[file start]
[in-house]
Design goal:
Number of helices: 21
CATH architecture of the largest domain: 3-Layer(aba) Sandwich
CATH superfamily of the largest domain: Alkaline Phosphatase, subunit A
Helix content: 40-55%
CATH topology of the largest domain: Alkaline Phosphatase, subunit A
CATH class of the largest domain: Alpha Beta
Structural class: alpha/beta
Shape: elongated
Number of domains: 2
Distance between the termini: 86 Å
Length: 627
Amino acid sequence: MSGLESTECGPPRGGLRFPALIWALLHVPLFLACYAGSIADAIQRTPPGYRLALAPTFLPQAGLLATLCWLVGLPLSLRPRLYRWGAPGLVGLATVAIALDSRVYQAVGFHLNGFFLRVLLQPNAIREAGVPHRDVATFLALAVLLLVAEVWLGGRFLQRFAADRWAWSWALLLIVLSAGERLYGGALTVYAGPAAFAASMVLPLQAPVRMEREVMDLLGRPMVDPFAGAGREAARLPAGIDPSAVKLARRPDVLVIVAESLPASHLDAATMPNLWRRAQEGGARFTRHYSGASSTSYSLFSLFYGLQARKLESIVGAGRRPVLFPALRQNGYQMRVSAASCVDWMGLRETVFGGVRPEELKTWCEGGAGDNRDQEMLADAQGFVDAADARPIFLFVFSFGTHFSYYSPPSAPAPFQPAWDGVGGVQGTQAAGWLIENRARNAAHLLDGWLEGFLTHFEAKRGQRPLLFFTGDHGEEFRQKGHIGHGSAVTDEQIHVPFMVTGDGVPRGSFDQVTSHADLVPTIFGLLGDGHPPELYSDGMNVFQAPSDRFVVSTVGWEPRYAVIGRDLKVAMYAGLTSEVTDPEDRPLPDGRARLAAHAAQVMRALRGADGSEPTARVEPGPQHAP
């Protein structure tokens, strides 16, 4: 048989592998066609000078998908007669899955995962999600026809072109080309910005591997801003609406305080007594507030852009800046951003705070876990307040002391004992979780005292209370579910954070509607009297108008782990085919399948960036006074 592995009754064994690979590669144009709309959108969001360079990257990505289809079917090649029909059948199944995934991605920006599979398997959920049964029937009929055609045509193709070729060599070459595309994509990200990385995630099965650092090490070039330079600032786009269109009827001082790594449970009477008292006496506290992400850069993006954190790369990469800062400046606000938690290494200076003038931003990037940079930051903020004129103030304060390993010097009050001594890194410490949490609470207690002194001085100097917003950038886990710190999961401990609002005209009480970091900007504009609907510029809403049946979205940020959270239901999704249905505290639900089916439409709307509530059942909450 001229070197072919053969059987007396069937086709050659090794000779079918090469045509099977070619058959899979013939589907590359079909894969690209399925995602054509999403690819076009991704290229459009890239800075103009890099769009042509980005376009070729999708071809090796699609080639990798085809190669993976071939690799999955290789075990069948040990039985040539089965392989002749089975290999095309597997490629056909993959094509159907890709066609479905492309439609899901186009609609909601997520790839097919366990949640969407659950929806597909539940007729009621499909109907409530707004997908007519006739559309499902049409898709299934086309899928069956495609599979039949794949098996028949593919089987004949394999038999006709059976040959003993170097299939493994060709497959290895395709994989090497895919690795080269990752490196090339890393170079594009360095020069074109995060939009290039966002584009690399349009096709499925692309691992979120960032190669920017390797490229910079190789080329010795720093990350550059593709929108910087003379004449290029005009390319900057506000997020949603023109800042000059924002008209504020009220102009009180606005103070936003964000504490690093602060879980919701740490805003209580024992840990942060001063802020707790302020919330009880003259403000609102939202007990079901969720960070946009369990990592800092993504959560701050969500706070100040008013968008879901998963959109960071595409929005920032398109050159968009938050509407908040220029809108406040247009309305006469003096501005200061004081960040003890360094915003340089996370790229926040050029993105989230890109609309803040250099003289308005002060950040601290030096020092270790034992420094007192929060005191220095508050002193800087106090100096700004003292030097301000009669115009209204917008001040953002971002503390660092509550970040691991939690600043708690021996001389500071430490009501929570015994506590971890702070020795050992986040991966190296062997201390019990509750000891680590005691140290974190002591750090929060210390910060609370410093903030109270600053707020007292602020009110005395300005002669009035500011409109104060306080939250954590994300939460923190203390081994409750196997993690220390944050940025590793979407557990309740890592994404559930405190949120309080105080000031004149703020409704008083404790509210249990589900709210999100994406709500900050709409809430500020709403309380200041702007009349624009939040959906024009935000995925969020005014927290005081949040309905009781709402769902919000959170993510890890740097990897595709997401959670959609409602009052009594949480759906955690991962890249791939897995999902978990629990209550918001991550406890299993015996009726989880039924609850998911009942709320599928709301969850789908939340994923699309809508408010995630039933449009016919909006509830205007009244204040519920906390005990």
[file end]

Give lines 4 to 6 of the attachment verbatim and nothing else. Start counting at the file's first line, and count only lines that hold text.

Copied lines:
CATH architecture of the largest domain: 3-Layer(aba) Sandwich
CATH superfamily of the largest domain: Alkaline Phosphatase, subunit A
Helix content: 40-55%